All I'm saying is, once you're out of that loop, and out of that environment, living in the real world and doing useful work, you're not necessarily going to perform well in a setting like that - and that is not and indication of your ability to absorb and understand a complex real-world domain, and create solutions to real problems, in a real-world setting.

A much better indicator for that, is to simply talk to the candidate, like a human being - discuss and review their history and examine a body of their recent work, have them explain the reasoning that drives their decision-making, and so on. Not expecting "text-book" answers, but looking for the kind of practical learning you can only do in the field, and not in a class-room... You have real-world experience, you know other capable programmers, and when you meet new developers, you quickly know if they have that shared experience, right? Use that instead. We're done with school, and there is no "test" for the kind of experience you earn in the field.

Unless you're hiring a junior, don't test you candidates like you were hiring a junior.

Of course, maybe you were hiring for a junior position, I don't actually know that :-)

@wiso: Yeah, now it works. It did not previously.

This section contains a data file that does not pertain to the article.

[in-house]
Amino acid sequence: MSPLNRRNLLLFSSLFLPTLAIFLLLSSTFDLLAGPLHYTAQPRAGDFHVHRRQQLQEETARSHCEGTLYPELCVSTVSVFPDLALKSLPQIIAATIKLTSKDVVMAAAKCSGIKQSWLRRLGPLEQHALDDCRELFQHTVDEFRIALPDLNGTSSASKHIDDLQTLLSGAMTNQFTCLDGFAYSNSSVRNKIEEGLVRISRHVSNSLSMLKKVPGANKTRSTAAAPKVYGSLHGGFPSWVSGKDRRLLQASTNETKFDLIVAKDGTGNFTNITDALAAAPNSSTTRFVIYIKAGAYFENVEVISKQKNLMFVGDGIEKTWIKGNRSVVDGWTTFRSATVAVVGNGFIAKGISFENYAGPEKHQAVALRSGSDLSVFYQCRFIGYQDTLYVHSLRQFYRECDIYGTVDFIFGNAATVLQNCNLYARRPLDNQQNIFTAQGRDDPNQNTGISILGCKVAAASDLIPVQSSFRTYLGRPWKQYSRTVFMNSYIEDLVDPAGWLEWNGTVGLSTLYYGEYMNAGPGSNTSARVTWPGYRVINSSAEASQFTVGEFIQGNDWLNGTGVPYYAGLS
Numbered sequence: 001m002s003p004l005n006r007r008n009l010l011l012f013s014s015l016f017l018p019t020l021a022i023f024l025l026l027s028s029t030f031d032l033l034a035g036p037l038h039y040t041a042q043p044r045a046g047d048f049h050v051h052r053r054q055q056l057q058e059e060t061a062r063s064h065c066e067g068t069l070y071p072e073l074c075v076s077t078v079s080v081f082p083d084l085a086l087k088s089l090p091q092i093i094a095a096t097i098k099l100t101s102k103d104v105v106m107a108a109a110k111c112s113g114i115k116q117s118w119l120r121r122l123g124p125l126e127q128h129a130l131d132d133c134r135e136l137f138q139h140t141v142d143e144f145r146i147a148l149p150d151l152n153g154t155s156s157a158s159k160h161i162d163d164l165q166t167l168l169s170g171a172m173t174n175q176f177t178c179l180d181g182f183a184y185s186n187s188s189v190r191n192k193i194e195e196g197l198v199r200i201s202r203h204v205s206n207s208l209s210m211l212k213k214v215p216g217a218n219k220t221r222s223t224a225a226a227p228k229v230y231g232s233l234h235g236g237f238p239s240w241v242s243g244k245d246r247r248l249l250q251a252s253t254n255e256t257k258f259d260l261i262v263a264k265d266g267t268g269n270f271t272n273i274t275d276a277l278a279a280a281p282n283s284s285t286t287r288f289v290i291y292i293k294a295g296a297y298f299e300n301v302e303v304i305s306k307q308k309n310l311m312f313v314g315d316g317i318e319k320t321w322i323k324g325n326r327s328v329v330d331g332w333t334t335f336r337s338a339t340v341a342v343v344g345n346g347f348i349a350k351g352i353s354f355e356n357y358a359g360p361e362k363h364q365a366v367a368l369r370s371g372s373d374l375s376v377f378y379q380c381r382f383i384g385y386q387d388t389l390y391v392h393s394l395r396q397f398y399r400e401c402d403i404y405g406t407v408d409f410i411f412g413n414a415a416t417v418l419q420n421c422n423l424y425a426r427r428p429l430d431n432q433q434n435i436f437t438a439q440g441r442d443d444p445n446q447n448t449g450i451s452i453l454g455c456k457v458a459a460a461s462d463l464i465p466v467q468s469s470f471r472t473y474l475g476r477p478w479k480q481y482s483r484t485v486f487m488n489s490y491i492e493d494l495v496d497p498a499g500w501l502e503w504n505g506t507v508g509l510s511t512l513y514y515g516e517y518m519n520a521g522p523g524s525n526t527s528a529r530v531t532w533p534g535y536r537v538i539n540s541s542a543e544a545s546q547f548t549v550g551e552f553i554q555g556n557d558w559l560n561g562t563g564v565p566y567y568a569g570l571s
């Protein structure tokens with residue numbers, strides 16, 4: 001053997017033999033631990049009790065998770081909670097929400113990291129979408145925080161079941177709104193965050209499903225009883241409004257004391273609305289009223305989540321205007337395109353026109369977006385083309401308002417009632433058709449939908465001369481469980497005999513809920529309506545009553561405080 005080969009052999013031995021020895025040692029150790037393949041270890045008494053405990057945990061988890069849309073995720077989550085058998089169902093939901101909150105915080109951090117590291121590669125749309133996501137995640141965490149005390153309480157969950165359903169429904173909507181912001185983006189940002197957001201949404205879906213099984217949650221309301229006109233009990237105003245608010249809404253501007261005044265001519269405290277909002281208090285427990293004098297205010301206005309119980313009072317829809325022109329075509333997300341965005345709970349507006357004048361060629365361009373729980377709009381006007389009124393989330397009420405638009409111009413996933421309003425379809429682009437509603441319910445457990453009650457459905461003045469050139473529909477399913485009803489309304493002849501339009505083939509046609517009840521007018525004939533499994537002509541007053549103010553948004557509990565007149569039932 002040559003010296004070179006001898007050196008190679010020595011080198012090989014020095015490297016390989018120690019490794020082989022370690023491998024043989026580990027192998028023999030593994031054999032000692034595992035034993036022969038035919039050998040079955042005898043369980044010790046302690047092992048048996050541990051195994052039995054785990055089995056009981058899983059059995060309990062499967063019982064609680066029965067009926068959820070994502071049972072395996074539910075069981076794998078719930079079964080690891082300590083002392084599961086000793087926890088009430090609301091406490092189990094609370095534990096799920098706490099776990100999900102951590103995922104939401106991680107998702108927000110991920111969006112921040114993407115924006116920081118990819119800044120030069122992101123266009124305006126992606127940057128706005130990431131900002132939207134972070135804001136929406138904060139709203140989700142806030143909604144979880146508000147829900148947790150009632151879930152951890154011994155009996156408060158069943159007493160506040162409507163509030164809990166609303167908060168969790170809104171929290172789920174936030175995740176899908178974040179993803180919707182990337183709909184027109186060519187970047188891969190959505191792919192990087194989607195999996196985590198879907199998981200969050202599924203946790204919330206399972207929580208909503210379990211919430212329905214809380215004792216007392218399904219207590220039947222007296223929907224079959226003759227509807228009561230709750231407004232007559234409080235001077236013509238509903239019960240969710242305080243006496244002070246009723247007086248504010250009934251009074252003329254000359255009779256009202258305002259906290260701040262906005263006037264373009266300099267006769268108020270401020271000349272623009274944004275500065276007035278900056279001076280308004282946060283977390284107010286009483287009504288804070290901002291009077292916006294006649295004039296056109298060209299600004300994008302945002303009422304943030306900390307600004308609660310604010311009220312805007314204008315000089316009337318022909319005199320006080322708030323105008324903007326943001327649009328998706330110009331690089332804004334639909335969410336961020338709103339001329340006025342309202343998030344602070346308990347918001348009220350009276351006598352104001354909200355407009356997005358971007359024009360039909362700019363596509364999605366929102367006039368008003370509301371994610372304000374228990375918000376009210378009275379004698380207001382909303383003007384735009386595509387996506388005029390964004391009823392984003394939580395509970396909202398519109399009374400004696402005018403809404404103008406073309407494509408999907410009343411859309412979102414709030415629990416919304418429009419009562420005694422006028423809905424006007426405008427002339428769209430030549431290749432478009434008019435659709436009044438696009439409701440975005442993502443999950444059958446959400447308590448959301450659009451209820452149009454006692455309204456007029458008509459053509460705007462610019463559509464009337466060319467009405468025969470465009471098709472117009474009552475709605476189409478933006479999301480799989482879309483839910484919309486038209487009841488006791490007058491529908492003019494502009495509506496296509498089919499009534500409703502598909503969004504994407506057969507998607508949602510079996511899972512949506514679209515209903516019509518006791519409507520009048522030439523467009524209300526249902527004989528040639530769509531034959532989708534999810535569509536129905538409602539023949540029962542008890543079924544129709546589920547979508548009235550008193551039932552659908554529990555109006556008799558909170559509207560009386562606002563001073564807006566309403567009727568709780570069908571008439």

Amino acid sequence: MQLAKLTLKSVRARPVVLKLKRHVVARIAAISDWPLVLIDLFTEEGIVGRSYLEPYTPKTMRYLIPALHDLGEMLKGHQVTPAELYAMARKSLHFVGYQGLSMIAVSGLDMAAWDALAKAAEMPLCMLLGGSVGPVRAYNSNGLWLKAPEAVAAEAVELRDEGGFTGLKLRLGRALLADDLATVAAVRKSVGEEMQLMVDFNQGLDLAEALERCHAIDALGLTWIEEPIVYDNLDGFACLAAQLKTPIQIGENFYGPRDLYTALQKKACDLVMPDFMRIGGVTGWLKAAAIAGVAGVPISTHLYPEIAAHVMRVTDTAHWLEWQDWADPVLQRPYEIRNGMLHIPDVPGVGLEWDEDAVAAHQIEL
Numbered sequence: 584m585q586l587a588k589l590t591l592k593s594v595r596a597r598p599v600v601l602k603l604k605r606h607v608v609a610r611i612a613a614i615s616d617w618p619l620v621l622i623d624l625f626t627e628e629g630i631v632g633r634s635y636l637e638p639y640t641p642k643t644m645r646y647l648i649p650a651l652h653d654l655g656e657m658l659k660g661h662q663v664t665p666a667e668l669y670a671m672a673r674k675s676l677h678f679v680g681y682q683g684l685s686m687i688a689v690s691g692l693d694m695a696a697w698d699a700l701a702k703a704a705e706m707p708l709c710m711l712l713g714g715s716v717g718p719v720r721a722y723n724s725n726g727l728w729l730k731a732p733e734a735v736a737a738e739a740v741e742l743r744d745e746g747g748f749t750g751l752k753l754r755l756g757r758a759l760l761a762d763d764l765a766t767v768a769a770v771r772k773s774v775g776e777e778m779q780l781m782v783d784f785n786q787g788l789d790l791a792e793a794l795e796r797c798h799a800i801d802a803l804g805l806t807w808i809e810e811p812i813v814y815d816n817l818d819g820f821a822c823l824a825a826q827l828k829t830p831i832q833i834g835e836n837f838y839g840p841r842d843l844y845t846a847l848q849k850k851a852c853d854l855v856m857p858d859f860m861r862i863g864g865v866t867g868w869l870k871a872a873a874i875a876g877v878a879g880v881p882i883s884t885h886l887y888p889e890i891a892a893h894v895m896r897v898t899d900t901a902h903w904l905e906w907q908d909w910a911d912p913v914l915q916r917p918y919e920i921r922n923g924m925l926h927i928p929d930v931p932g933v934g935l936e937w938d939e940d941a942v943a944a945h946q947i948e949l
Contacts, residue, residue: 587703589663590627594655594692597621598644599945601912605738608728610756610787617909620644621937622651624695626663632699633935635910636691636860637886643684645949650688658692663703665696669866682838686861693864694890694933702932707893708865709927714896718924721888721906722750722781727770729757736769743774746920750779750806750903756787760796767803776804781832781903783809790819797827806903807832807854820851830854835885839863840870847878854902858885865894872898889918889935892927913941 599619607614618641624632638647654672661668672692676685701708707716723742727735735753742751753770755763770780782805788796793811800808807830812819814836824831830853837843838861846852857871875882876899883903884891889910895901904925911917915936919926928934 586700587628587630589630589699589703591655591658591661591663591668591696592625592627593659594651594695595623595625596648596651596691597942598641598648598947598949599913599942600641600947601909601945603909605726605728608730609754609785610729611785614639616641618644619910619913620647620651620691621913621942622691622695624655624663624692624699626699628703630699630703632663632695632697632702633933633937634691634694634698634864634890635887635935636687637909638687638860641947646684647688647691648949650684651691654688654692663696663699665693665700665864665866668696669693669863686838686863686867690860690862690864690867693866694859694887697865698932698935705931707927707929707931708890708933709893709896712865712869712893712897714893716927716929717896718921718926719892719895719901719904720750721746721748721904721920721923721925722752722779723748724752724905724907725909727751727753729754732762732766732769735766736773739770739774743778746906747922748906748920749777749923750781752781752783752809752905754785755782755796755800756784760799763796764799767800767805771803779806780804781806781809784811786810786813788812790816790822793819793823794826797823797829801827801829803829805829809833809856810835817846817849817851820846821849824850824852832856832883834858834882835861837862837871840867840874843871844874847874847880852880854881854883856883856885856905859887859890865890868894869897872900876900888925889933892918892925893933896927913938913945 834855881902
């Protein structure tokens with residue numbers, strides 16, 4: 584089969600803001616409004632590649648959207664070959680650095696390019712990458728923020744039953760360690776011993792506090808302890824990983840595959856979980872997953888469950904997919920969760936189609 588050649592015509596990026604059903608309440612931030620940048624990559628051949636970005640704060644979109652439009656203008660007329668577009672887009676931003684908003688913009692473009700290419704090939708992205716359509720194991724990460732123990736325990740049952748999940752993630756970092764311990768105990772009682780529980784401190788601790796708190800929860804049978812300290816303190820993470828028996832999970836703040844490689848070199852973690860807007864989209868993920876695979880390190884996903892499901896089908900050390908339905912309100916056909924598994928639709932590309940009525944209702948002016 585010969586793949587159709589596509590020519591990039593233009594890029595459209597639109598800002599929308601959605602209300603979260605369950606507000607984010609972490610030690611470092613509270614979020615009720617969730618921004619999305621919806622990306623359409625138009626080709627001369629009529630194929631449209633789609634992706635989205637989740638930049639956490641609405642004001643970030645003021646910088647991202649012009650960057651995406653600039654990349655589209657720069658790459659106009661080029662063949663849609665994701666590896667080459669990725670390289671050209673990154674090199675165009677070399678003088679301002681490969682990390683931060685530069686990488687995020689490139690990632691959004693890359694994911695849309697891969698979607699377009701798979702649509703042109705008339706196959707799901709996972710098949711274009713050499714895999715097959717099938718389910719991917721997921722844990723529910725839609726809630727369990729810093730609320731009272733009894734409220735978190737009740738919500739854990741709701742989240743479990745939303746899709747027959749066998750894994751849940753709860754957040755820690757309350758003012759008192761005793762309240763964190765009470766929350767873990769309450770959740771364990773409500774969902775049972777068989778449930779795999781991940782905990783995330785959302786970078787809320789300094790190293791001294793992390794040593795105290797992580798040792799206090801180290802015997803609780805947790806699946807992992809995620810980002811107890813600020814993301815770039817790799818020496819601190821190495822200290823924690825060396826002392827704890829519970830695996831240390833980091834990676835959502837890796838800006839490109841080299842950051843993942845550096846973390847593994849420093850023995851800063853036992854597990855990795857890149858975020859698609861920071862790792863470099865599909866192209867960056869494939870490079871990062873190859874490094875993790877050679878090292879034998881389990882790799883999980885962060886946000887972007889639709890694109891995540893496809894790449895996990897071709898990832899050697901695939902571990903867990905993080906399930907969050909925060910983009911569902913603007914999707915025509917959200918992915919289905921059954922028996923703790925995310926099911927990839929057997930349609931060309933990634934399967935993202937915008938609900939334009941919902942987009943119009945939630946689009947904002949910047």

Since I assume you are interested not only in one time sorting of disk pages, but actively using this free list (i.e. inserting and removing sets of pages that are freed in a transaction or recycled from the free list and now in use), two types of structures with different trade-offs come to mind:

A compressed patricia trie that stores page ranges (i.e start/end page or start page/number of pages), and that switches on 4-bit nibble prefixes of the start page number would likely work well. A hybrid approach, where you use "burst" leaf nodes, that are basically hash tables and "burst" into prefix nodes when they become too full might perform even better.

A more compact in-memory/serialized representation could be to use a compressed bitmap (or page range partitioned sets thereof), like one of the many word-aligned hybrid (WAH) approaches. This would be slower on updates though.